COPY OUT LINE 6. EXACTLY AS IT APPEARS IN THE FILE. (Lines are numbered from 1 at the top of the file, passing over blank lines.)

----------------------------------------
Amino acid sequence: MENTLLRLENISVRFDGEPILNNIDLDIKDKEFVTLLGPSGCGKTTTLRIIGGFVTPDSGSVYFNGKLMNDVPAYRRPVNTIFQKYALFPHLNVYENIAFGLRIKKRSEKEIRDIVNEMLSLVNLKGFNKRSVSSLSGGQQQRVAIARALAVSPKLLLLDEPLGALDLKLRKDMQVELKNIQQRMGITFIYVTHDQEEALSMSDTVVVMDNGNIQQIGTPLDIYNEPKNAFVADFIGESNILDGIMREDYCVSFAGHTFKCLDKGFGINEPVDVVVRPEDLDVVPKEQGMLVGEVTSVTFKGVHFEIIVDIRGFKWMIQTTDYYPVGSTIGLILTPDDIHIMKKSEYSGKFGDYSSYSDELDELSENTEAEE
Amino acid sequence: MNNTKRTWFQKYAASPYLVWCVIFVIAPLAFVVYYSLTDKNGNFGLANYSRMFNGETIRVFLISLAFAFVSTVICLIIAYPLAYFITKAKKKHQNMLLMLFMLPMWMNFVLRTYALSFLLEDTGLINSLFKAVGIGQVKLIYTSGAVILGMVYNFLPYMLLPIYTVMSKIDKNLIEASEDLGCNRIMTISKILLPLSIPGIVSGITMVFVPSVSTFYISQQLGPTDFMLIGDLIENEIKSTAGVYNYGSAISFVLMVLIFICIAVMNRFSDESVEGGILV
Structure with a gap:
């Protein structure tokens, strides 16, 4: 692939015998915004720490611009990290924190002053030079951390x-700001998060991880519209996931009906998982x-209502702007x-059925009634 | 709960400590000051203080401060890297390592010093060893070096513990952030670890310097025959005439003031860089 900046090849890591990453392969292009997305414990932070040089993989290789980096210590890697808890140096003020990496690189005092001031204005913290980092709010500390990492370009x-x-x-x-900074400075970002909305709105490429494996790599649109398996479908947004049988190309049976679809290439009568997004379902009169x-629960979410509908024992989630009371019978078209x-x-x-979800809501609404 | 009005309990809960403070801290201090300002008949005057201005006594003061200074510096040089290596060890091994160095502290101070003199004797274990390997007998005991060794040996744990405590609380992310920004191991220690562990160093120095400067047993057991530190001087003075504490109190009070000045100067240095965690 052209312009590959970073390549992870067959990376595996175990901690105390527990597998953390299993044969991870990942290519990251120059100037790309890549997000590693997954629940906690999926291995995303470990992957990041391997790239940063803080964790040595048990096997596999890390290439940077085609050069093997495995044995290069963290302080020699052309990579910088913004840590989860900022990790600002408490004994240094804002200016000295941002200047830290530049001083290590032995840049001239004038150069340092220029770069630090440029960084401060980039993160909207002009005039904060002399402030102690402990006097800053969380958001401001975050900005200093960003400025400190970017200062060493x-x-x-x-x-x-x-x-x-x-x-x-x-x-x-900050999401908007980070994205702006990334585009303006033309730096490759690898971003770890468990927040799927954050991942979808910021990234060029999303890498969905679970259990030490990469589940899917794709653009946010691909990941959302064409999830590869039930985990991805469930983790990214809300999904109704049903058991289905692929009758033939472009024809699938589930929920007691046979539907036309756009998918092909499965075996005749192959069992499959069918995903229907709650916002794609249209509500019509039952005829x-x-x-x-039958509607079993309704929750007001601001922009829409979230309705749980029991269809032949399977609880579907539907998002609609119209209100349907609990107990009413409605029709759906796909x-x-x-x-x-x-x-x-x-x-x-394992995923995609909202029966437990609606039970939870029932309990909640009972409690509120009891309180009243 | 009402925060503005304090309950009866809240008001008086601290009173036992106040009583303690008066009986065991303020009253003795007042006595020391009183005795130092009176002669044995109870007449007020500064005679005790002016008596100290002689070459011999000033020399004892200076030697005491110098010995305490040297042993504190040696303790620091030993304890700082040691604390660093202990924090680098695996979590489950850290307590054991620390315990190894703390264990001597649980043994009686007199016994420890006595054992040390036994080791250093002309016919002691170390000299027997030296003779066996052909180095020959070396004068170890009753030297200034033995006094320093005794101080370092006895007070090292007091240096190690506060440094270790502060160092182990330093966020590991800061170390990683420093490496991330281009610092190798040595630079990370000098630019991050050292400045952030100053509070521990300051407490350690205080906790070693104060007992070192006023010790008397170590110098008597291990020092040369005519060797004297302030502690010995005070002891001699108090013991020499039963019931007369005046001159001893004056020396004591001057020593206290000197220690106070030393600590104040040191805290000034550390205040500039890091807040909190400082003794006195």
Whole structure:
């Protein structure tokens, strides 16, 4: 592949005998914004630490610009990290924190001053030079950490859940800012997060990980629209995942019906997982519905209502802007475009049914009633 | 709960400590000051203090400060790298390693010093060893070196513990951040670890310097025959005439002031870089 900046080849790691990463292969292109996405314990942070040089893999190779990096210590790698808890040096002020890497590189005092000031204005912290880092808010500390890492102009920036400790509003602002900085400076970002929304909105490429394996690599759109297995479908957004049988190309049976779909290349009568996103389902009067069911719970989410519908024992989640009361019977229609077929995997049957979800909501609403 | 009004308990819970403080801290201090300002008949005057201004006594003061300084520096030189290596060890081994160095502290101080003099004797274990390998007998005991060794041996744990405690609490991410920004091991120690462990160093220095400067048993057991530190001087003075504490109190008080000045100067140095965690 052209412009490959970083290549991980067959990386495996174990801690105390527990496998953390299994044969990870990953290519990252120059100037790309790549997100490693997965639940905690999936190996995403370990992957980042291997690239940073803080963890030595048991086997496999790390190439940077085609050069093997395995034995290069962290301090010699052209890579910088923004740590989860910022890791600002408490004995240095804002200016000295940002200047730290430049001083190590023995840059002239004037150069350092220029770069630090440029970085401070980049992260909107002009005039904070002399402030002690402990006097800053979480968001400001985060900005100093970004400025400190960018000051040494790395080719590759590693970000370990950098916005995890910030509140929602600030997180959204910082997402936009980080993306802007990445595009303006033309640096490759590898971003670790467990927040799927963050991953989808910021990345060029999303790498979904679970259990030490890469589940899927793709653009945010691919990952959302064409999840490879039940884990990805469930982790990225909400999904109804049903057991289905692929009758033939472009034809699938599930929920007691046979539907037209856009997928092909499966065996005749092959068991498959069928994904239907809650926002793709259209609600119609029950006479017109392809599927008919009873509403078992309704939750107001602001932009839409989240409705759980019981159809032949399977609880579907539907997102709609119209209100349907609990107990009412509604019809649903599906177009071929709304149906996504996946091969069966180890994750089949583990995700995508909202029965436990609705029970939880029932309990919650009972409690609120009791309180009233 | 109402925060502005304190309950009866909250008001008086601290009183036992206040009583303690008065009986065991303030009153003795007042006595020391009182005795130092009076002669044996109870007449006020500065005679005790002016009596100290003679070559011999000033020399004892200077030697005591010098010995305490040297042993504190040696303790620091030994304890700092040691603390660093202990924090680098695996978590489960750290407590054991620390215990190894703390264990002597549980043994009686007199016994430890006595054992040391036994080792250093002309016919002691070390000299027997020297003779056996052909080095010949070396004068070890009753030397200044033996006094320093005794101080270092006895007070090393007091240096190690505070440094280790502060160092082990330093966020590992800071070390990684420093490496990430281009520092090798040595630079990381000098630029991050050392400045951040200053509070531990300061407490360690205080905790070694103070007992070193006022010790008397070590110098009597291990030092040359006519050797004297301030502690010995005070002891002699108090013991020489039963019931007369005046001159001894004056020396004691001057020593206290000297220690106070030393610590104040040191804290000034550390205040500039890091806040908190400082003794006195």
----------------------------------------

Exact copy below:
């Protein structure tokens, strides 16, 4: 592949005998914004630490610009990290924190001053030079950490859940800012997060990980629209995942019906997982519905209502802007475009049914009633 | 709960400590000051203090400060790298390693010093060893070196513990951040670890310097025959005439002031870089 900046080849790691990463292969292109996405314990942070040089893999190779990096210590790698808890040096002020890497590189005092000031204005912290880092808010500390890492102009920036400790509003602002900085400076970002929304909105490429394996690599759109297995479908957004049988190309049976779909290349009568996103389902009067069911719970989410519908024992989640009361019977229609077929995997049957979800909501609403 | 009004308990819970403080801290201090300002008949005057201004006594003061300084520096030189290596060890081994160095502290101080003099004797274990390998007998005991060794041996744990405690609490991410920004091991120690462990160093220095400067048993057991530190001087003075504490109190008080000045100067140095965690 052209412009490959970083290549991980067959990386495996174990801690105390527990496998953390299994044969990870990953290519990252120059100037790309790549997100490693997965639940905690999936190996995403370990992957980042291997690239940073803080963890030595048991086997496999790390190439940077085609050069093997395995034995290069962290301090010699052209890579910088923004740590989860910022890791600002408490004995240095804002200016000295940002200047730290430049001083190590023995840059002239004037150069350092220029770069630090440029970085401070980049992260909107002009005039904070002399402030002690402990006097800053979480968001400001985060900005100093970004400025400190960018000051040494790395080719590759590693970000370990950098916005995890910030509140929602600030997180959204910082997402936009980080993306802007990445595009303006033309640096490759590898971003670790467990927040799927963050991953989808910021990345060029999303790498979904679970259990030490890469589940899927793709653009945010691919990952959302064409999840490879039940884990990805469930982790990225909400999904109804049903057991289905692929009758033939472009034809699938599930929920007691046979539907037209856009997928092909499966065996005749092959068991498959069928994904239907809650926002793709259209609600119609029950006479017109392809599927008919009873509403078992309704939750107001602001932009839409989240409705759980019981159809032949399977609880579907539907997102709609119209209100349907609990107990009412509604019809649903599906177009071929709304149906996504996946091969069966180890994750089949583990995700995508909202029965436990609705029970939880029932309990919650009972409690609120009791309180009233 | 109402925060502005304190309950009866909250008001008086601290009183036992206040009583303690008065009986065991303030009153003795007042006595020391009182005795130092009076002669044996109870007449006020500065005679005790002016009596100290003679070559011999000033020399004892200077030697005591010098010995305490040297042993504190040696303790620091030994304890700092040691603390660093202990924090680098695996978590489960750290407590054991620390215990190894703390264990002597549980043994009686007199016994430890006595054992040391036994080792250093002309016919002691070390000299027997020297003779056996052909080095010949070396004068070890009753030397200044033996006094320093005794101080270092006895007070090393007091240096190690505070440094280790502060160092082990330093966020590992800071070390990684420093490496990430281009520092090798040595630079990381000098630029991050050392400045951040200053509070531990300061407490360690205080905790070694103070007992070193006022010790008397070590110098009597291990030092040359006519050797004297301030502690010995005070002891002699108090013991020489039963019931007369005046001159001894004056020396004691001057020593206290000297220690106070030393610590104040040191804290000034550390205040500039890091806040908190400082003794006195």